We were once participating in a meeting with funders focused on different kinds of programs related to homelessness. We could have talked about early intervention – and would have probably met blank stares – but we chose to talk about how programs for young children can reduce homelessness down the road because “It all starts here.” That is finding the common ground.
We learned an important lesson about how to integrate what we do with others’ interests. Research shows that a critical part of the solution to almost all the social issues we are attempting to address lies in prenatal and early child development, and that investing in the early years can save our society astronomical sums. We do not try to change people’s thinking. We meet them where they are and help them to extend their thinking by finding the sweet spot where there is a merger of values and interests.
We see ourselves as playing an important role as a catalyst to help grantee-partners to achieve their goals. We are not just investing in organizations, but also bringing out strengths that can help our partners actualize their mission more effectively and broadly.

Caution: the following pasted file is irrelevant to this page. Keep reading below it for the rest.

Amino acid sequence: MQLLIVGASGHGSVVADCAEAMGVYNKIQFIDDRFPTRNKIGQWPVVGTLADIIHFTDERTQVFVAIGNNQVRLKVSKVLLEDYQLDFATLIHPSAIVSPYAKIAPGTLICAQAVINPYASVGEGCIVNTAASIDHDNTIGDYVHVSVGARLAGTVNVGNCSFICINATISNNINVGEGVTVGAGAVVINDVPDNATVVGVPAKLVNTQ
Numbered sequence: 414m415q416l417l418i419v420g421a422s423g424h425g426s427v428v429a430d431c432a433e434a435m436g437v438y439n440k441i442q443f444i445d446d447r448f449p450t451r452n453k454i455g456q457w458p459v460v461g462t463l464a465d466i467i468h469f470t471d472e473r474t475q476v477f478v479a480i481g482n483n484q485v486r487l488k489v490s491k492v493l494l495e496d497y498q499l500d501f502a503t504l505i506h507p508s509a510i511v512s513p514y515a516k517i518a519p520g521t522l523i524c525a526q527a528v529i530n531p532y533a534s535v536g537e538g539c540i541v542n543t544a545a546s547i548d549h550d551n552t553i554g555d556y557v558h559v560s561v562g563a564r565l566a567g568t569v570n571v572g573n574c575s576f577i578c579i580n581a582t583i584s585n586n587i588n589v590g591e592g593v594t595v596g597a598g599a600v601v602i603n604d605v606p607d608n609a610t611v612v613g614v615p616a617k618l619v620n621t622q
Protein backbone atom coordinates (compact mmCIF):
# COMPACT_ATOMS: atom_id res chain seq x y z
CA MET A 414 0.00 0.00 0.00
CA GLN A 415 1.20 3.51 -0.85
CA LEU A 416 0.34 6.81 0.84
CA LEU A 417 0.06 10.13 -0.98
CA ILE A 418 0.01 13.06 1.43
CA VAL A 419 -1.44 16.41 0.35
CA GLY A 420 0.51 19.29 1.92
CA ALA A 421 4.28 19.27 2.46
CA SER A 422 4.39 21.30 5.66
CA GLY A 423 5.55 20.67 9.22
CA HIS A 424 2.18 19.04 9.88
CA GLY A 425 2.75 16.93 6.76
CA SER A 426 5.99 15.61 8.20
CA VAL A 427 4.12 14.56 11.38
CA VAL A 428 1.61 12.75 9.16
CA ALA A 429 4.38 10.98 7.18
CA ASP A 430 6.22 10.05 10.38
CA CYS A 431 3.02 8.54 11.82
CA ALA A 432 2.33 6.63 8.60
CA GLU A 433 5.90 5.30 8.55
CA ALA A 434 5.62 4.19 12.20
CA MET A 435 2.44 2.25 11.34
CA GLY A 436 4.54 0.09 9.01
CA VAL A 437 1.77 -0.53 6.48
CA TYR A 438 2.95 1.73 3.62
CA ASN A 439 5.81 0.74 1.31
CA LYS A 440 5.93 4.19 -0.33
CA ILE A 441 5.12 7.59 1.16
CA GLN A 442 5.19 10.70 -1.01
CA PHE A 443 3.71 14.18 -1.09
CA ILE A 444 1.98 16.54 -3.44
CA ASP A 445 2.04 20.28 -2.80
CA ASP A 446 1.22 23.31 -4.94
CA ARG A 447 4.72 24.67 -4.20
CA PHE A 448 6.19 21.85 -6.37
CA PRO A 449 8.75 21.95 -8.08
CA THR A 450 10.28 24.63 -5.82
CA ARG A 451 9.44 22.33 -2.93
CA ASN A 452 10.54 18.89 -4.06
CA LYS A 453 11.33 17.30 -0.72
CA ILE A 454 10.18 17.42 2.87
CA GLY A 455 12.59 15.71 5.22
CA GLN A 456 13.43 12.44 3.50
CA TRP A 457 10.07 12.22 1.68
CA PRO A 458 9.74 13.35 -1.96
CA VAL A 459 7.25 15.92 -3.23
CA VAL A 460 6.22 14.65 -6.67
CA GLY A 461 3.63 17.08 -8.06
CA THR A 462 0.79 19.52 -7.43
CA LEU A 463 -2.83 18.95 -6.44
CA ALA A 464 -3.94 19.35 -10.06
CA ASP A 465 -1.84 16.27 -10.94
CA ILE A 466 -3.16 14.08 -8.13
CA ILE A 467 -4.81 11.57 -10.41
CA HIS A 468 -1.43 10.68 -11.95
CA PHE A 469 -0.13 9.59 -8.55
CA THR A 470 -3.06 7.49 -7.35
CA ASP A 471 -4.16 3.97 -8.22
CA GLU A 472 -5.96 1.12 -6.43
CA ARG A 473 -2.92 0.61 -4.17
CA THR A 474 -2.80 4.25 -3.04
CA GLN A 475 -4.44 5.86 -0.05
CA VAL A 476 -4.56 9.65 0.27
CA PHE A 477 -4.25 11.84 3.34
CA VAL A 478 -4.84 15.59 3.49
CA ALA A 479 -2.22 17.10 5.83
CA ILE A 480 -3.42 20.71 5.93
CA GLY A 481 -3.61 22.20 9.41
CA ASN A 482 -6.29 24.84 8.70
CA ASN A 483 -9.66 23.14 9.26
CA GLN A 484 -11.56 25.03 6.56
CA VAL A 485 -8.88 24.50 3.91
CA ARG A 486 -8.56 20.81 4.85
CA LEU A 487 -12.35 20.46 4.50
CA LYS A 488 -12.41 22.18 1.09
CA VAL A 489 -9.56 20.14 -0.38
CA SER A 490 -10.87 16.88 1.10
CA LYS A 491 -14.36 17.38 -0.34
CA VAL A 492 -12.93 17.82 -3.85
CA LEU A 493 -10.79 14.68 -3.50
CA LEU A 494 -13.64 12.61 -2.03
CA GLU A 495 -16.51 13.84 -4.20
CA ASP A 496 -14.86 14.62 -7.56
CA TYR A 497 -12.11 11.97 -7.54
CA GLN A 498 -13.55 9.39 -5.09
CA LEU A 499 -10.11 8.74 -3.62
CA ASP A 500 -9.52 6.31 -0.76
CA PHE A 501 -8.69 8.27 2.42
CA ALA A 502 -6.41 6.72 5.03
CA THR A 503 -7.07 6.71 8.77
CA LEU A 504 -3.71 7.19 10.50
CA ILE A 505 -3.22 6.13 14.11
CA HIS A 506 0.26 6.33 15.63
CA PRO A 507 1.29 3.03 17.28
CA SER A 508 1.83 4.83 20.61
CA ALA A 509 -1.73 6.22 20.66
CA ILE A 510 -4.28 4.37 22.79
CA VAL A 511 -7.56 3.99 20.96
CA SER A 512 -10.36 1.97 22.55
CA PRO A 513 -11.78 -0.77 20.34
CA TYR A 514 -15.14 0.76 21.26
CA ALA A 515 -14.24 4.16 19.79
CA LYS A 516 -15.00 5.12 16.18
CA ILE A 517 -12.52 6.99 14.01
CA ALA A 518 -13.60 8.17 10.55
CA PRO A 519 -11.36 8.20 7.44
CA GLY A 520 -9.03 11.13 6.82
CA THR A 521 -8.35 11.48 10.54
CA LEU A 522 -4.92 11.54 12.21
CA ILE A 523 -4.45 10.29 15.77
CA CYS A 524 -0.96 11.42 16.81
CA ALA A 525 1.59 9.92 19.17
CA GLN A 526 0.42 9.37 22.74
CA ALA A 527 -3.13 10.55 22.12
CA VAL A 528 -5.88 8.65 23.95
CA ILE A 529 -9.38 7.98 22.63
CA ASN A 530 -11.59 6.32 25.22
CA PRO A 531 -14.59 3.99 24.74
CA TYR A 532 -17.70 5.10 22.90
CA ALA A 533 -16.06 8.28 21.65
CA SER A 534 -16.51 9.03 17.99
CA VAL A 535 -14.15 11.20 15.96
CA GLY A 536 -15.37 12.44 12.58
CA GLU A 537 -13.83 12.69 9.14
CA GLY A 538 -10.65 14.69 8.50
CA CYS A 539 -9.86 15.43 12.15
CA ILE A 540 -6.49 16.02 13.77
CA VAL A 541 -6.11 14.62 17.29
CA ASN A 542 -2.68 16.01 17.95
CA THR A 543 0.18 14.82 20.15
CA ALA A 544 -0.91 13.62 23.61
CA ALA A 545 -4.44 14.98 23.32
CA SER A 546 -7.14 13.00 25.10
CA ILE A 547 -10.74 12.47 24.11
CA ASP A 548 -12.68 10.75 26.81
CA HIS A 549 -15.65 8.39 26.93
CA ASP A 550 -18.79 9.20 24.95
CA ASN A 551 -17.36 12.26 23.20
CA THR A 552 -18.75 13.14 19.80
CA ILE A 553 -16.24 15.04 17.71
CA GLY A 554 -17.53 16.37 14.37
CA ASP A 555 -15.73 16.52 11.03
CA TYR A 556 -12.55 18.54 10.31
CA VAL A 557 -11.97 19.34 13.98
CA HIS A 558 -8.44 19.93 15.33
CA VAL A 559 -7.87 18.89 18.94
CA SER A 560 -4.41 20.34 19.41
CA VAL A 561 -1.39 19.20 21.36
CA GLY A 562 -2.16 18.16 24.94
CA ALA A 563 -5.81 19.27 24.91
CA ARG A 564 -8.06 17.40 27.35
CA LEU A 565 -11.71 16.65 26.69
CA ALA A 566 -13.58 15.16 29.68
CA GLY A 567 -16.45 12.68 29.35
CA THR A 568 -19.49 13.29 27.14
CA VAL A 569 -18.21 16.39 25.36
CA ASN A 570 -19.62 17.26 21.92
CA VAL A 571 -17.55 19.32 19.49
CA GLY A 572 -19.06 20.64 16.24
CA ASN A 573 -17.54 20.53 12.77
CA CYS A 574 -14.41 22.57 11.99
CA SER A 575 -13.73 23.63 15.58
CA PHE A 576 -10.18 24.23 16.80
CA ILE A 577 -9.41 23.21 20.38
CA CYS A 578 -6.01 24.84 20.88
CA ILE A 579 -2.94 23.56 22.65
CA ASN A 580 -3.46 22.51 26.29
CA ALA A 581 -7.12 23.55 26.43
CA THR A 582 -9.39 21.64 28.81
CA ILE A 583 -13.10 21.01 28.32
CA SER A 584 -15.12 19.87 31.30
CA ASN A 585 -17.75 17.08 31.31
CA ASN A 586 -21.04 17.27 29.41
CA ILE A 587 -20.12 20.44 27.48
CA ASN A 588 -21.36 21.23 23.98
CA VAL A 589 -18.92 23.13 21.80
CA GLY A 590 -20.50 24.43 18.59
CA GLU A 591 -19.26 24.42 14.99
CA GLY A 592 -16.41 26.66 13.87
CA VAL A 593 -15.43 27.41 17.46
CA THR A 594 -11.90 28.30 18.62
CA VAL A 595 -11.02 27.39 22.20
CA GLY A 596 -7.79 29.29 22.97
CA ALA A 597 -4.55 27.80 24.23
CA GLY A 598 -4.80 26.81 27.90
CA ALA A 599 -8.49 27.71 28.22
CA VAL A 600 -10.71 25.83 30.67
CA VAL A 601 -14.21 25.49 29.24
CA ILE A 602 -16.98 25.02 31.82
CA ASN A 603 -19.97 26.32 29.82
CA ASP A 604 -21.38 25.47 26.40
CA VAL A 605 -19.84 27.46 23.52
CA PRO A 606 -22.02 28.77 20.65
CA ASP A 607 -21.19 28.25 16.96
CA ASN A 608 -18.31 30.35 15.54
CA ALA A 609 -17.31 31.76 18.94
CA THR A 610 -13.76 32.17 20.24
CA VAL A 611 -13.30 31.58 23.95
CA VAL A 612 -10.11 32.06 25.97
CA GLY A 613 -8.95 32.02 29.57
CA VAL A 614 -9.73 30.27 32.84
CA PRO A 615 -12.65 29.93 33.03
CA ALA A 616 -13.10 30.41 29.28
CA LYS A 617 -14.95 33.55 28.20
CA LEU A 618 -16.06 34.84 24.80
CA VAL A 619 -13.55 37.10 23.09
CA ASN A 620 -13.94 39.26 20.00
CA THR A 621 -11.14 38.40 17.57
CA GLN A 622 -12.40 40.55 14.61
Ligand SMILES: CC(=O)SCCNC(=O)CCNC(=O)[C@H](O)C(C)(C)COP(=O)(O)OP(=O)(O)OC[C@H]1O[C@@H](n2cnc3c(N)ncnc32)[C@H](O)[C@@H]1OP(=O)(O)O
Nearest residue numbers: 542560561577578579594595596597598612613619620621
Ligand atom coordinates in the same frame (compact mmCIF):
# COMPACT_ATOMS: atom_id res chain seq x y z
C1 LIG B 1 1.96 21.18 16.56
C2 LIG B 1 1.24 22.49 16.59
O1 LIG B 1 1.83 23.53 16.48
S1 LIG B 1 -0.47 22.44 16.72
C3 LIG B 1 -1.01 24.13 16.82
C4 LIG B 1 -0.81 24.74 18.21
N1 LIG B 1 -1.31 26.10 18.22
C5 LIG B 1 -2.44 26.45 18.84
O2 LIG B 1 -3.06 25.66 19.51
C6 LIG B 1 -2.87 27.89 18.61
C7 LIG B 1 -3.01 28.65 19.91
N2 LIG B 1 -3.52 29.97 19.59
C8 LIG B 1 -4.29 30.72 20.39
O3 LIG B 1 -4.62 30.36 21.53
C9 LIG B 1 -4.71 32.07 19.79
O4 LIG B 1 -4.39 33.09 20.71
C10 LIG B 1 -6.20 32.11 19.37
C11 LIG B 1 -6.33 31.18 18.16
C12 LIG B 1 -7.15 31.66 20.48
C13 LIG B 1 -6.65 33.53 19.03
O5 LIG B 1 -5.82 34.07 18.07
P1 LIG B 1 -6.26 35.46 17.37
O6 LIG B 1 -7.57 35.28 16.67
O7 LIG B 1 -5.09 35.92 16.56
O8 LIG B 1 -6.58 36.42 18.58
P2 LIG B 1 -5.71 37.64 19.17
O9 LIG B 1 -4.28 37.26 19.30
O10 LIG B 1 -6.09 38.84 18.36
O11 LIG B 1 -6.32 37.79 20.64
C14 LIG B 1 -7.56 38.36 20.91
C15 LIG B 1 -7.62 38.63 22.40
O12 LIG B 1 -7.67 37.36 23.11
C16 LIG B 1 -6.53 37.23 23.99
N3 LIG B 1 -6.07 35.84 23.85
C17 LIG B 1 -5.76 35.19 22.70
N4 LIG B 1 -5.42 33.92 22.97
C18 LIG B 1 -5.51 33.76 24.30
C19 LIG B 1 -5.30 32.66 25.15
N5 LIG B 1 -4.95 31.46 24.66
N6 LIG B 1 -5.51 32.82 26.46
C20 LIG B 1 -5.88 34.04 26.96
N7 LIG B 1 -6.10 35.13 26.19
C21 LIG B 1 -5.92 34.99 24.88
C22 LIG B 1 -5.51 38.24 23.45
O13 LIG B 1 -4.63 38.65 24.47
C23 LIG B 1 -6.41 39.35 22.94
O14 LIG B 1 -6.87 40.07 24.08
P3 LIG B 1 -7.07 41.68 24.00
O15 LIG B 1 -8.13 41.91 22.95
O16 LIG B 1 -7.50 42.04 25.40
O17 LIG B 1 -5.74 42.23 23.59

We also fund joint projects amongst agencies and support the development of emergent collaboratives such as Westside Infant Family Network and South Los Angeles Child Welfare Initiative.
In 2004 we saw and seized upon an opportunity to convene a diverse group of public and private funders in the area of prenatal and early child development. We observed that there were many funders making big decisions and doing impactful work, but most of the work was being done in silos. We took the initiative to invite the organizations to a first meeting. All we did in that initial meeting was go around the room, introduce ourselves and discuss the specifics of our interest in funding or advancing early childhood. We discussed challenges and opportunities to both learn and gain leverage from each other. At the end of the meeting, Richard Atlas asked: “Does anyone want to meet again?” Everyone in the room raised their hands. And that was the beginning of what will later became the LA Partnership for Early Childhood Investment/Invest in Kids LA (see below).